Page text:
I recently read Maura Quint’s “The Entirety of My Thoughts As I Eat My Son’s Mac and Cheese Dinner,” cleaned my children’s bedrooms and closet-size playroom, and was then inspired to write this:
Didn’t 4 year olds work in fields 150 years ago? Probably not. That actually sounds awful. But still, mine should at least be capable of putting Chutes and Ladders back in its box, right?
I hate Chutes and Ladders.
They have too many toys. I should donate half of them. Most of them. All but three of them.
Why are there candy wrappers stuffed in the Lego bin?
I am not their maid. A maid would be so nice. And a laundress. And a chef. And a personal trainer. Definitely a personal trainer.
I wonder how many calories I’m burning shoving stuff in bins. I should get one of those Fitbits. Or actually go to the Y. They can play with toys in Child Watch. Toys I don’t have to deal with. I wonder if I can find a place to hide and read in the Y while they play in Child Watch.
Another capless marker, wasted. That’s it. No more markers. Ever.
HOW MANY TIMES HAVE I TOLD THEM TO PUT THE CAPS BACK ON THEIR GLUE STICKS? No more glue sticks. Ever.
Huh. A Barbie shoe. I thought surely I had vacuumed all those up by now.
Why are there 76 pieces of paper with one line drawn on each of them?
I’m going to have to hide these in the recycling bin to avoid the apocalypse that will surely happen if they find out I’ve recycled their one-line masterpieces.
Maybe my children are hoarders. Maybe there’s a mental issue here. I should email the pediatrician.
I will never allow their rooms to get this messy again. Maybe I should try the Saturday Box. Or the Marble Jar. Or the Popsicle Stick Jar. Or the Reward Chart. I should check Pinterest.
Or maybe I just get rid of it all. I mean, seriously, they’re downstairs playing with empty boxes. Empty. Boxes.
Isn’t it monks who find joy in everyday tasks? I don’t think monks have children, though. They’ve never had to deal with 8,000 .$97 Matchbox cars. Or Rainbow Loom bands. Or Perler Beads. I hate Perler Beads.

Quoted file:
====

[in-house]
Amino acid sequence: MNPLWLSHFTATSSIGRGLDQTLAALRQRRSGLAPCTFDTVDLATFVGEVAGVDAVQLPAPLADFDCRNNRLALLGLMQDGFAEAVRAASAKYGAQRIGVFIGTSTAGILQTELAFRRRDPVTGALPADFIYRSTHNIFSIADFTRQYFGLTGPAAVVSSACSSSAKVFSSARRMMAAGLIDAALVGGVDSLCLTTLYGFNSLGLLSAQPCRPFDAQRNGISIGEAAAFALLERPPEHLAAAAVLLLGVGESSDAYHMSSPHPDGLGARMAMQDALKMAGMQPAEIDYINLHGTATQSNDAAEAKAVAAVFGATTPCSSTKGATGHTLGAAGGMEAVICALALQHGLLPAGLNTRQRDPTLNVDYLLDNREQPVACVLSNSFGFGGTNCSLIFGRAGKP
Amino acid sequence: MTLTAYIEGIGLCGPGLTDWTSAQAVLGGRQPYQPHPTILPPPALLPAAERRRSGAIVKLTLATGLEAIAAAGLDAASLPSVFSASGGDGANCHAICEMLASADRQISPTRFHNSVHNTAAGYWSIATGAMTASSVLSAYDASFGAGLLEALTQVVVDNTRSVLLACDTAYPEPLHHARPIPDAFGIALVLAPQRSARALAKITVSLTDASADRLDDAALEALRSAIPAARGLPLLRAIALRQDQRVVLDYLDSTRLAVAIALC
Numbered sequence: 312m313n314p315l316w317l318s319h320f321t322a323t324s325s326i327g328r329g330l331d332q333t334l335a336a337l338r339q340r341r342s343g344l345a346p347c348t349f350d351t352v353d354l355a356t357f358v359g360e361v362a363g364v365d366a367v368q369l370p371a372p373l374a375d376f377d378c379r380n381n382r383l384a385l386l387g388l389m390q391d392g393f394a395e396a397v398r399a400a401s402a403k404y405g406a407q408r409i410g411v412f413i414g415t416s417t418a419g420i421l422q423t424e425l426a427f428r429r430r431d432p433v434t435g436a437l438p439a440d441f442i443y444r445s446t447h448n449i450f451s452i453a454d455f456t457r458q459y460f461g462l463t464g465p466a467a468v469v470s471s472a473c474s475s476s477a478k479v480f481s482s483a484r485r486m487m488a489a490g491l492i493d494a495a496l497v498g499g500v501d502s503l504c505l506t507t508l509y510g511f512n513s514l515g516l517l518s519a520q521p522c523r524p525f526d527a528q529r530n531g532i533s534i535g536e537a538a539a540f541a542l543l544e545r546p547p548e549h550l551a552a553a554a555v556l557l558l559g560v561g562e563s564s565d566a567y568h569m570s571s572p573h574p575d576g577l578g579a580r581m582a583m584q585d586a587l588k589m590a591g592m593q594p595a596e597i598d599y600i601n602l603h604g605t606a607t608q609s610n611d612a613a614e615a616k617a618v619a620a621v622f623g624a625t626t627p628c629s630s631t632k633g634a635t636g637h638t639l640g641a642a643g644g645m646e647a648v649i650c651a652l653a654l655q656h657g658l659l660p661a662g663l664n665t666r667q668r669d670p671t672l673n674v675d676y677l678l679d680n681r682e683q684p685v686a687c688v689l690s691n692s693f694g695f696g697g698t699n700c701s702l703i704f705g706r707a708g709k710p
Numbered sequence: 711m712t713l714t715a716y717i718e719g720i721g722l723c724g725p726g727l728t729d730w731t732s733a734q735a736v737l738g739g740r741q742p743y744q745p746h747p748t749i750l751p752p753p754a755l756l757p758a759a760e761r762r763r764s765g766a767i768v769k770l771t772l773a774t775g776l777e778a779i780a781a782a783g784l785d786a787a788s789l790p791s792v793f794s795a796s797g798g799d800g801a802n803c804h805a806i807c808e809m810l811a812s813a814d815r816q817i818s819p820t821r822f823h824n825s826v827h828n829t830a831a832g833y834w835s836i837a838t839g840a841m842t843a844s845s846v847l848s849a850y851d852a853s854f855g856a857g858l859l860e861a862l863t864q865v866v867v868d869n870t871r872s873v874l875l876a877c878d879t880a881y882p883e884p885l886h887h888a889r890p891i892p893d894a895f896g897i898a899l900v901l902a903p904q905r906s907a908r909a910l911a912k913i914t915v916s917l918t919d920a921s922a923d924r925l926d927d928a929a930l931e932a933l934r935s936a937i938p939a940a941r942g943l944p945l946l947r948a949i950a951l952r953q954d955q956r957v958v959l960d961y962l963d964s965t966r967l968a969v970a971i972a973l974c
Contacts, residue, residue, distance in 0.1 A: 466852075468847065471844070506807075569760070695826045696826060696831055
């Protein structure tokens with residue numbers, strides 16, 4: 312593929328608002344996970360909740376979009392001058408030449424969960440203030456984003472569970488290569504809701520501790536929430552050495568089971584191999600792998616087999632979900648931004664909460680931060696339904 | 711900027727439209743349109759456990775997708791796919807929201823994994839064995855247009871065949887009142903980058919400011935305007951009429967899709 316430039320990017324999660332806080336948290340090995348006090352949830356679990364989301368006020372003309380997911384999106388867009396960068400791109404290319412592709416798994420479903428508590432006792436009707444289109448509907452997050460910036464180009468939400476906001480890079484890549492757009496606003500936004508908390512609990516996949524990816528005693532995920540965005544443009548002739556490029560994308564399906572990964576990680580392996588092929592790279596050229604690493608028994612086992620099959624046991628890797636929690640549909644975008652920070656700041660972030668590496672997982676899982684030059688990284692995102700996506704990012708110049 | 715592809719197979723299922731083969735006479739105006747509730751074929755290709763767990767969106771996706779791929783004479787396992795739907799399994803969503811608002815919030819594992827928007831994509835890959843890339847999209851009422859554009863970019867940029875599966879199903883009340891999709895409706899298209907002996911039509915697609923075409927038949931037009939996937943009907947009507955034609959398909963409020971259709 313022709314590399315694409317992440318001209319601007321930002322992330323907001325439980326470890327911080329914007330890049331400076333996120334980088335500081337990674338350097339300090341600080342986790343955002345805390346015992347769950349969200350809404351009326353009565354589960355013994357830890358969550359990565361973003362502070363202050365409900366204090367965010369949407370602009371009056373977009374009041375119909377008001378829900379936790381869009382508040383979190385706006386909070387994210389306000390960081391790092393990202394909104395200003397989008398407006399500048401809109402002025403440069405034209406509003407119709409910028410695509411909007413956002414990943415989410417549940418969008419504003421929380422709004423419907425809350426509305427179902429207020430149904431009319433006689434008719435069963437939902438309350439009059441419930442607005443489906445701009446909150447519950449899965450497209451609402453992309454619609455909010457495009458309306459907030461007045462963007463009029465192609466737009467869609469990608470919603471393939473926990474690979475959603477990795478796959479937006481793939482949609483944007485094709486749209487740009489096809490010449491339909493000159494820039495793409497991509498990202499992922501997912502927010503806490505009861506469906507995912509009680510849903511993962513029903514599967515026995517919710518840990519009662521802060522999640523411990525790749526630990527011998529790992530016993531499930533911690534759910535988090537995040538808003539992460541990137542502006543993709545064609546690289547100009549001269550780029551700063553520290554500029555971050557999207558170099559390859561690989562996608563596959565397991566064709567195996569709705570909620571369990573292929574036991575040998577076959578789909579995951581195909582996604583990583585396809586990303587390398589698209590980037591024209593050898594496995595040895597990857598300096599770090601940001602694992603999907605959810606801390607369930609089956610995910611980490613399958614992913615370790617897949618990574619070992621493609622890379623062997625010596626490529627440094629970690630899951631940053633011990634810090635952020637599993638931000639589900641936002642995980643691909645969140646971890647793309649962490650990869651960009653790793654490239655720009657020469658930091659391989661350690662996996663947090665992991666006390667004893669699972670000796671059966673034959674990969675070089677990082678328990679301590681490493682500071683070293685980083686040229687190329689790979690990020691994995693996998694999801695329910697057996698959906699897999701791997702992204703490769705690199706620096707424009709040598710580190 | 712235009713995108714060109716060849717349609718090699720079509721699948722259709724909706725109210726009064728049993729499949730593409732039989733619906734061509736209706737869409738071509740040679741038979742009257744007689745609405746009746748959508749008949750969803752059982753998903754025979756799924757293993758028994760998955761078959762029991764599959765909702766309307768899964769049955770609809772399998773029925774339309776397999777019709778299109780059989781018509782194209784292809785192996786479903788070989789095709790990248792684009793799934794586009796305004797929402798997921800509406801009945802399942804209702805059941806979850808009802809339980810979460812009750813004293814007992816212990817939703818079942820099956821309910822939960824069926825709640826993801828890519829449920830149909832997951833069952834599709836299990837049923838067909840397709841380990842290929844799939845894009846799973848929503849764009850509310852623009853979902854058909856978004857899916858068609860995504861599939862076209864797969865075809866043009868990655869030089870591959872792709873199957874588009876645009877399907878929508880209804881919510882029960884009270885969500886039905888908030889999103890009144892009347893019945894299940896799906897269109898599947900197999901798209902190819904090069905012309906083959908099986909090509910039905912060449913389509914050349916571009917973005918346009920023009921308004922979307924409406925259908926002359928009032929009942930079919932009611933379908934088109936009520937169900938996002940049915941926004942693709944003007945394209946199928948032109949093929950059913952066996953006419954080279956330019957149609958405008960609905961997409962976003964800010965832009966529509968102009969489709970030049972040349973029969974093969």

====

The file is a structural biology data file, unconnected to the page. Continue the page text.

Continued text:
I wonder what my friends are doing at work. I bet they’re wearing heels. I bet they had a salad with some kind of candied nut on it for lunch. I bet, after a meeting, everyone picks up their papers and pens and tablets and coffee mugs and puts them away, without any reminders or timers or let’s-see-how-fast-we-can-get-this-done games.
All these crayons are broken and worn down to little nubs. They really need some new crayons. I should get some the next time I’m at the store. And markers. And glue sticks.
At least we’re out of the finger paint stage. Those were some colossal messes.
Gosh, I miss those finger paint pictures on the fridge. Why do they have to grow up so fast?
[SILENT CURSING. A LOT OF IT.] I will not miss the Legos on my bare feet. I don’t care how crazy creative they get with their creations I will not miss those pain-inducing little pieces of plastic.
Why do people even buy Legos anymore? It’s not like they break. Or get old. Where are all the Legos people have been building with since, when were Legos invented, the 70s?
Probably in the trash. Probably parents stepping on them and throwing them, one by one, in the trash.
I actually love that they got Legos for Christmas. They play with them for so long. So much silence for such long periods of time. I should send the Lego company a thank-you note.
Our house cannot handle any more toys. Can I tell people not to buy toys? Is that rude? Is that too minimalist? Is that too Grinch-like? My children do not need any more toys.
We should become minimalists.
Well, minimalists with a few toys. Five each.
But then there’s March. I hate March. How many toys will it take to entertain them indoors in March?
I need more bins.
“And this mess is so big
And so deep and so tall,
We cannot pick it up.
There is no way at all!” —Dr. Seuss, The Cat in the Hat